Thousands of people protested in Hong Kong on Sunday over a proposed law change that would allow suspects to be sent to mainland China for trial.
Officials say they need to amend the law before July so that they can extradite a murder suspect to Taiwan.
Police estimate that about 22,000 people took part, while organisers say this figure was closer to 130,000.
Either way, these estimates would make it the largest demonstration since pro-democracy rallies in 2014 known as the Umbrella Movement.
Reuters news agency reported that people were chanting "step down, Carrie Lam". Ms Lam is the pro-Beijing leader of Hong Kong.
Hong Kong has a separate legal system to mainland China, thanks to "one country, two systems".
The former British colony was handed back to China in 1997 on condition it would retain "a high degree of autonomy, except in foreign and defence affairs" for 50 years.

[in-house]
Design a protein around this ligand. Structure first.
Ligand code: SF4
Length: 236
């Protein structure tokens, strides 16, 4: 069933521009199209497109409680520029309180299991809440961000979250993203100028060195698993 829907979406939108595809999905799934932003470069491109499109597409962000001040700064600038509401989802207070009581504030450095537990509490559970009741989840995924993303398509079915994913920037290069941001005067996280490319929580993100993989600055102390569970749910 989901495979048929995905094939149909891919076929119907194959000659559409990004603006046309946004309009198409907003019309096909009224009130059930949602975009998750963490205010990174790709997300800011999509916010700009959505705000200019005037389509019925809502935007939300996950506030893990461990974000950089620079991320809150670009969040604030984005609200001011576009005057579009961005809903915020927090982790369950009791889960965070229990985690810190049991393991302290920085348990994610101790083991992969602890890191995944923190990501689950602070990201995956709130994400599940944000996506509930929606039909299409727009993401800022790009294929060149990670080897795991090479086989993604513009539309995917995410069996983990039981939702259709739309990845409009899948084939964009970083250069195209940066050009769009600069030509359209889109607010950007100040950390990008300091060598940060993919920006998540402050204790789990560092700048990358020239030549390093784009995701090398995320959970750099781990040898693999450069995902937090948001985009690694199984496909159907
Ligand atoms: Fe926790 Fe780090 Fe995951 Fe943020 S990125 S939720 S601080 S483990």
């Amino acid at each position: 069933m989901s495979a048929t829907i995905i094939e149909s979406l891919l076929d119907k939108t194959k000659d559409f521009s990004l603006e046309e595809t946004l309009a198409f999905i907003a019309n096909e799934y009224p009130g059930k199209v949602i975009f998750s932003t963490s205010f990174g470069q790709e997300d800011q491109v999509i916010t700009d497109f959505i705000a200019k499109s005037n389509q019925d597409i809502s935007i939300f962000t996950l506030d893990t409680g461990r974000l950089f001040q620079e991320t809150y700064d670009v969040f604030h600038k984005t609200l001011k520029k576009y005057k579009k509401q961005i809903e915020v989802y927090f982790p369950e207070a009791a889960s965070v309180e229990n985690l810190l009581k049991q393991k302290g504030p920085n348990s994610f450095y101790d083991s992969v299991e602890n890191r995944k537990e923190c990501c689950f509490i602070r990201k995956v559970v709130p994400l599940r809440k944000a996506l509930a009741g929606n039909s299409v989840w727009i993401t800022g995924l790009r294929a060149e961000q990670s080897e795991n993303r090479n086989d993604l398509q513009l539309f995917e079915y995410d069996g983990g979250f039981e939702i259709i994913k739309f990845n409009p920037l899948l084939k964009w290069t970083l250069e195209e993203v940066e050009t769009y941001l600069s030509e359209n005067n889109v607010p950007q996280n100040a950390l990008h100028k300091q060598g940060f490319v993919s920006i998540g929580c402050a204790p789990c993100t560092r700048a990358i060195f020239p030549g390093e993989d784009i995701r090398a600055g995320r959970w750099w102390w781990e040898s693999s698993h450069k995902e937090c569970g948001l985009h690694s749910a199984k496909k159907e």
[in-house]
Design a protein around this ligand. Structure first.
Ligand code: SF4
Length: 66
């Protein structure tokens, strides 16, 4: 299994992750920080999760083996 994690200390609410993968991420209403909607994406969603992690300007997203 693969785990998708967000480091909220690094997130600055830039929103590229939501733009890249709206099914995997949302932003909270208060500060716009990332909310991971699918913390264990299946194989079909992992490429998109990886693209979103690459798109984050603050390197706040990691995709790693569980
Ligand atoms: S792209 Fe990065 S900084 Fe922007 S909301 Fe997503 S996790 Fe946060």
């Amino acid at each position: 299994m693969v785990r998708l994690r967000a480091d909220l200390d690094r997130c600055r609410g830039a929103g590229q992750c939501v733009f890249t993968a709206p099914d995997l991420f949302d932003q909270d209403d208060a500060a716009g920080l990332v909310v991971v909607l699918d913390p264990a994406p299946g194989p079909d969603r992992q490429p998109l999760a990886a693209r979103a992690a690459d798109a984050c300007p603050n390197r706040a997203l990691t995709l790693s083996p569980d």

But earlier this year Ms Lam's government announced that it would overhaul the city's extradition laws so that, for the first time, suspects could be extradited to Taiwan, Macau or mainland China on a case-by-case basis.
Officials said that no-one at risk of being sentenced to death, being tortured, or facing a political charge would be sent to the mainland.
But protesters are unconvinced, with some accusing Ms Lam of having "betrayed" Hong Kong.
They also point to Beijing's poor human rights record and opaque legal system.
Chris Patten, the last British governor of Hong Kong, also told the government-funded broadcaster RTHK the proposal was "an assault on Hong Kong's values, stability and security".